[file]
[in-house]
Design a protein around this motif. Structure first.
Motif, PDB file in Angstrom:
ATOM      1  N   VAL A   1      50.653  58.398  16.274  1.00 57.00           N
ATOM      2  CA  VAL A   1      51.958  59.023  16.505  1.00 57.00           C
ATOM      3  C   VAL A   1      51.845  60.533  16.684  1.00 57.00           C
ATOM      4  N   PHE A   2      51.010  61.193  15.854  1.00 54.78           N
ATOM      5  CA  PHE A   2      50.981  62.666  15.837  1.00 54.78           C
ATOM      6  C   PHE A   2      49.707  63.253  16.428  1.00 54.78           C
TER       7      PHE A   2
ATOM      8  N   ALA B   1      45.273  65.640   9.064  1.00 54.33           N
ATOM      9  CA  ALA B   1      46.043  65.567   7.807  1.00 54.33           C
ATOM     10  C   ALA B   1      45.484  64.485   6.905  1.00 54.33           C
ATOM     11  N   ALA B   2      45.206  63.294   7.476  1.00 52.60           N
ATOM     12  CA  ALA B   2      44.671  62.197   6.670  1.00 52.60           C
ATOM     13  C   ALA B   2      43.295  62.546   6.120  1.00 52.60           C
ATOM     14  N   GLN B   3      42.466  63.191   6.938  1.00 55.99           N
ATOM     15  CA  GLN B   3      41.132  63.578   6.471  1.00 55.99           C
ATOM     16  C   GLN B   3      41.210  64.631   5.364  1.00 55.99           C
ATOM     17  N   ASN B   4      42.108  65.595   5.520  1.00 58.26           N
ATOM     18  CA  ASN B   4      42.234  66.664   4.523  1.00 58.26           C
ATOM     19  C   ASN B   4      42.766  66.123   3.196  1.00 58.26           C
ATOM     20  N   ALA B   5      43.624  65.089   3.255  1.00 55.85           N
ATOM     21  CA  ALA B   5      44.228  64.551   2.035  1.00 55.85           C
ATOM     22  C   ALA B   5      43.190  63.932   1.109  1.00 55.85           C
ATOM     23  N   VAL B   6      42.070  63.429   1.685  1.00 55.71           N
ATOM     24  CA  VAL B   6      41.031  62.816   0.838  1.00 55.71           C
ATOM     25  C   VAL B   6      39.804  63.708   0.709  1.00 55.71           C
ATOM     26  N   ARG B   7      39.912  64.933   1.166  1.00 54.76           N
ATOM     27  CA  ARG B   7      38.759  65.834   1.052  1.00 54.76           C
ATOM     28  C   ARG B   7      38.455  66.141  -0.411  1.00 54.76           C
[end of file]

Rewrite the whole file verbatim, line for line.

[in-house]
Design a protein around this motif. Structure first.
Motif, PDB file in Angstrom:
ATOM      1  N   VAL A   1      50.653  58.398  16.274  1.00 57.00           N
ATOM      2  CA  VAL A   1      51.958  59.023  16.505  1.00 57.00           C
ATOM      3  C   VAL A   1      51.845  60.533  16.684  1.00 57.00           C
ATOM      4  N   PHE A   2      51.010  61.193  15.854  1.00 54.78           N
ATOM      5  CA  PHE A   2      50.981  62.666  15.837  1.00 54.78           C
ATOM      6  C   PHE A   2      49.707  63.253  16.428  1.00 54.78           C
TER       7      PHE A   2
ATOM      8  N   ALA B   1      45.273  65.640   9.064  1.00 54.33           N
ATOM      9  CA  ALA B   1      46.043  65.567   7.807  1.00 54.33           C
ATOM     10  C   ALA B   1      45.484  64.485   6.905  1.00 54.33           C
ATOM     11  N   ALA B   2      45.206  63.294   7.476  1.00 52.60           N
ATOM     12  CA  ALA B   2      44.671  62.197   6.670  1.00 52.60           C
ATOM     13  C   ALA B   2      43.295  62.546   6.120  1.00 52.60           C
ATOM     14  N   GLN B   3      42.466  63.191   6.938  1.00 55.99           N
ATOM     15  CA  GLN B   3      41.132  63.578   6.471  1.00 55.99           C
ATOM     16  C   GLN B   3      41.210  64.631   5.364  1.00 55.99           C
ATOM     17  N   ASN B   4      42.108  65.595   5.520  1.00 58.26           N
ATOM     18  CA  ASN B   4      42.234  66.664   4.523  1.00 58.26           C
ATOM     19  C   ASN B   4      42.766  66.123   3.196  1.00 58.26           C
ATOM     20  N   ALA B   5      43.624  65.089   3.255  1.00 55.85           N
ATOM     21  CA  ALA B   5      44.228  64.551   2.035  1.00 55.85           C
ATOM     22  C   ALA B   5      43.190  63.932   1.109  1.00 55.85           C
ATOM     23  N   VAL B   6      42.070  63.429   1.685  1.00 55.71           N
ATOM     24  CA  VAL B   6      41.031  62.816   0.838  1.00 55.71           C
ATOM     25  C   VAL B   6      39.804  63.708   0.709  1.00 55.71           C
ATOM     26  N   ARG B   7      39.912  64.933   1.166  1.00 54.76           N
ATOM     27  CA  ARG B   7      38.759  65.834   1.052  1.00 54.76           C
ATOM     28  C   ARG B   7      38.455  66.141  -0.411  1.00 54.76           C